Good design, bad design

The phrase "good design is cheap, bad design is expensive" came up again in an organization design training course I was facilitating yesterday. One of the delegates took issue with the connotation of good design being 'cheap'. He offered an amendment to the phrase, suggesting "Good design can cost a lot. Bad design will cost a lot." Other delegates agreed with the amendment – so there it stands and the following story illustrates:

One delegate told the story of a newly designed and built elementary school, where lunches for the children were prepared on site. Some of the design faults they were contending with because architects had not consulted with stakeholders in the meal preparation process included:

  • The unloading dock for produce was not close to the kitchen
  • The kitchen was not close to the dining area
  • The servery in the dining area where staff dished out food had not taken into account that children are shorter than adults so staff had to peer under the hot lamps to find out what selection the children wanted (rather than look at eye level over the hot lamps which would have been correct had adults been being served) – this design fault resulted in several servers getting burned.
  • Staff had to wheel hot food from kitchen to servery down corridors where children were – not ideal from a health and safety perspective
  • Produce deliverers could only deliver food when the children were off-site (again because of safety issues).

She described the whole situation as a 'nightmare'.

To get over this type of outcome (unfortunately very common) the tack I take in designing or redesigning organizations is to:

  • Ensure there is leadership agreement on the purpose of the organization – what is it there to do?
  • Ensure there is leadership agreement on the purpose of the design or redesign – what is it aiming to achieve in terms of delivery of the business strategy? (e.g. faster, better, cheaper…)
  • Agree the design 'brief' for the new organization – what are the parameters in which it has to be designed?
  • Map the ideal flow of the work that needs to get done to deliver the strategy within the parameters? Noting handoffs, interdependencies, decision points, etc. (Usually up to four core processes)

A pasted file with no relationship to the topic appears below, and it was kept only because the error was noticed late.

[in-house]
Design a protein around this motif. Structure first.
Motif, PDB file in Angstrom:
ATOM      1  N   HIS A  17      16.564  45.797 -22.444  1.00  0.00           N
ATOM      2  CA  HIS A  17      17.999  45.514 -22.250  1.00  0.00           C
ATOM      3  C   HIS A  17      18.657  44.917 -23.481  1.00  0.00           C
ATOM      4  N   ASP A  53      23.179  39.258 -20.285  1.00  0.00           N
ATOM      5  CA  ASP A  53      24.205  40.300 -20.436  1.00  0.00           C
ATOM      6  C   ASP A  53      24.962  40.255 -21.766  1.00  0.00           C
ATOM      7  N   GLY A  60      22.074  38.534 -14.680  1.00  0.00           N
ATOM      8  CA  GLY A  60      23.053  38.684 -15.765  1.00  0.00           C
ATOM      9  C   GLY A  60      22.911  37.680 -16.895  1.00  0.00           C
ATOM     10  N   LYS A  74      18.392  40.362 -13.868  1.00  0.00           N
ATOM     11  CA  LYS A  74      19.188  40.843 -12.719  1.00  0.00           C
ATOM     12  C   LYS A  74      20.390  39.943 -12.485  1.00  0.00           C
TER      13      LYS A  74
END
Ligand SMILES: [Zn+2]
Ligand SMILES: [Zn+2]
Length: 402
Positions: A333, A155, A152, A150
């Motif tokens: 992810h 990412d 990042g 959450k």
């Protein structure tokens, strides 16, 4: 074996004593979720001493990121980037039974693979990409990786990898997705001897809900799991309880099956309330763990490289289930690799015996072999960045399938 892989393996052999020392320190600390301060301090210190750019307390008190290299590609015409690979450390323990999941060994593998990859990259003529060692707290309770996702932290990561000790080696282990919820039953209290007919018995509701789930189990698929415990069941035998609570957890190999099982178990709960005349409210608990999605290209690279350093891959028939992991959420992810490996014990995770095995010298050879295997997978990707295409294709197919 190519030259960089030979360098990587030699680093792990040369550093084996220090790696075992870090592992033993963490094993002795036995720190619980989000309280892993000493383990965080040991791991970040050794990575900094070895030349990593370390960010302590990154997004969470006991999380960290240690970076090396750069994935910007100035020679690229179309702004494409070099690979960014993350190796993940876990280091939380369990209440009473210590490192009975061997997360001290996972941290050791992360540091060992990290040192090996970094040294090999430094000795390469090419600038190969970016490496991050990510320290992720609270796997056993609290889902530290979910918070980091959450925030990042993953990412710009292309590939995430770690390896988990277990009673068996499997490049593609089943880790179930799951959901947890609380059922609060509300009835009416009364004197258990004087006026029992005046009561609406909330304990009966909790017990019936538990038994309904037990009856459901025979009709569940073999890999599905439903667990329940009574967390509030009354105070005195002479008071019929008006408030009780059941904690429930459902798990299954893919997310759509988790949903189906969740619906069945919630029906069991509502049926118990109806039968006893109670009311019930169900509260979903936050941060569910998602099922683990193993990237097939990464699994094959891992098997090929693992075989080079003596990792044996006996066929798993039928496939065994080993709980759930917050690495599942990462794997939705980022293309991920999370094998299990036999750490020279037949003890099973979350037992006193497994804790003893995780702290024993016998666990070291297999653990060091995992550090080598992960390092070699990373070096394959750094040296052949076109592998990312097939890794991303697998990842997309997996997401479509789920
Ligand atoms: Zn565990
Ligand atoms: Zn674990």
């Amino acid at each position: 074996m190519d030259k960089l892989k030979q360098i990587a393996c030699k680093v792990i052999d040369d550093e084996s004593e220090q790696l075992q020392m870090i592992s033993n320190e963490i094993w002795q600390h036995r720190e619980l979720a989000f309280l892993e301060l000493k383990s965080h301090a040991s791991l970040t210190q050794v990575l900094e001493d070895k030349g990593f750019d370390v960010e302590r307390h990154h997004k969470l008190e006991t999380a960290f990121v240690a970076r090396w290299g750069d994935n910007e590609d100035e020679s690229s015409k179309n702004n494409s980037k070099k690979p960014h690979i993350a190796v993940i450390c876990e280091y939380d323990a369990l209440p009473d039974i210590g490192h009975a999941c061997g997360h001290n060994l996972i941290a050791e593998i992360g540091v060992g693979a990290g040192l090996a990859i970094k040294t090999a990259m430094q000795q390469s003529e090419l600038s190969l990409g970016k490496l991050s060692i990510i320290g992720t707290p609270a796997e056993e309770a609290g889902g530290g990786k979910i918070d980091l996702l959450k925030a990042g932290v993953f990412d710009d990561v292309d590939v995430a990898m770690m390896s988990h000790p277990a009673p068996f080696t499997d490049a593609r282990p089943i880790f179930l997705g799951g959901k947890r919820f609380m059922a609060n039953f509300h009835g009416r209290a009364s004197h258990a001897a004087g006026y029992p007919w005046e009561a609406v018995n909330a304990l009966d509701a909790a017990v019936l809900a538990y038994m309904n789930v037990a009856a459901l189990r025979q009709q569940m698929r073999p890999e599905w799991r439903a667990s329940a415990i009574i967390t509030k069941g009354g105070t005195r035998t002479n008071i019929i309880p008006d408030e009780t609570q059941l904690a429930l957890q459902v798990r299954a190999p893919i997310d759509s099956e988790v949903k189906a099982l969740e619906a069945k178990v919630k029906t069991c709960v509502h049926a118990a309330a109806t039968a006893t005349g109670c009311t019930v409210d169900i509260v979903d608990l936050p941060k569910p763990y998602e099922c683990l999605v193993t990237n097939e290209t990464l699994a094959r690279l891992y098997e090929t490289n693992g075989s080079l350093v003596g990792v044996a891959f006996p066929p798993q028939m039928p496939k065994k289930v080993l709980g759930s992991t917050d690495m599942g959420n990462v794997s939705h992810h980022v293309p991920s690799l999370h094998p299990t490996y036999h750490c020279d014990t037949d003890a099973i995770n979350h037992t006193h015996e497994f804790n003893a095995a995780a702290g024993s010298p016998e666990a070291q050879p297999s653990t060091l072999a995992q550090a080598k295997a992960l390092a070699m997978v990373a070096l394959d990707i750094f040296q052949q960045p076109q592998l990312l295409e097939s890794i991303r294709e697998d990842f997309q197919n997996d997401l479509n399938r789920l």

• 'Bundle' the work activities revealed by the mapping exercise in various combinations and test these 'bundles' against the design brief/criteria. Arriving at two or three 'bundle' options. These form the foundation for the structure.
  • Determine the numbers, skills and levels of skills needed to do the work activities (i.e. determine the roles) in the various bundle options.
  • Assess the costs and opportunities offered by each bundle option.
  • Determine the best option.
  • Convert the preferred option into a structure (organization chart) by arrange the roles in a structure that allows maximum co-ordination, autonomy, etc (depending on the design brief and desired outcomes)
  • Test the new structure with 'walk-throughs' against typical day-to-day scenarios to answer the question "Does the work flow optimally through the proposed structure?"

So in my approach determining the structure (organization chart) is the last step in the designing process.

Delegates were intrigued by this as they were used the situation in which someone handed them an organization chart saying "I want my organization to look like this – please go and implement it." Within seconds people were telling other stories of faulty designs that began with the structure and resulted in very expensive workarounds to get the work flowing (less than optimally) through the structure, thus endorsing the point that bad design will cost a lot.

They saw instantly the value in a) getting stakeholders involved in the design process from the start, and b) leaving the structure (organization chart) piece to the end.

Getting the point about leading with work flow (after agreeing purpose, desired outcome, design brief, and so on) delegates went on to discuss how they could sell this approach to line managers who were blinkered to anything beyond the organization charts and moving people from one box to another.

One way that I have found effective is to discuss the risks and costs involved in a) not doing an assessment of the context for the new design b) not involving stakeholders in the work flow c) telling stories like the one above.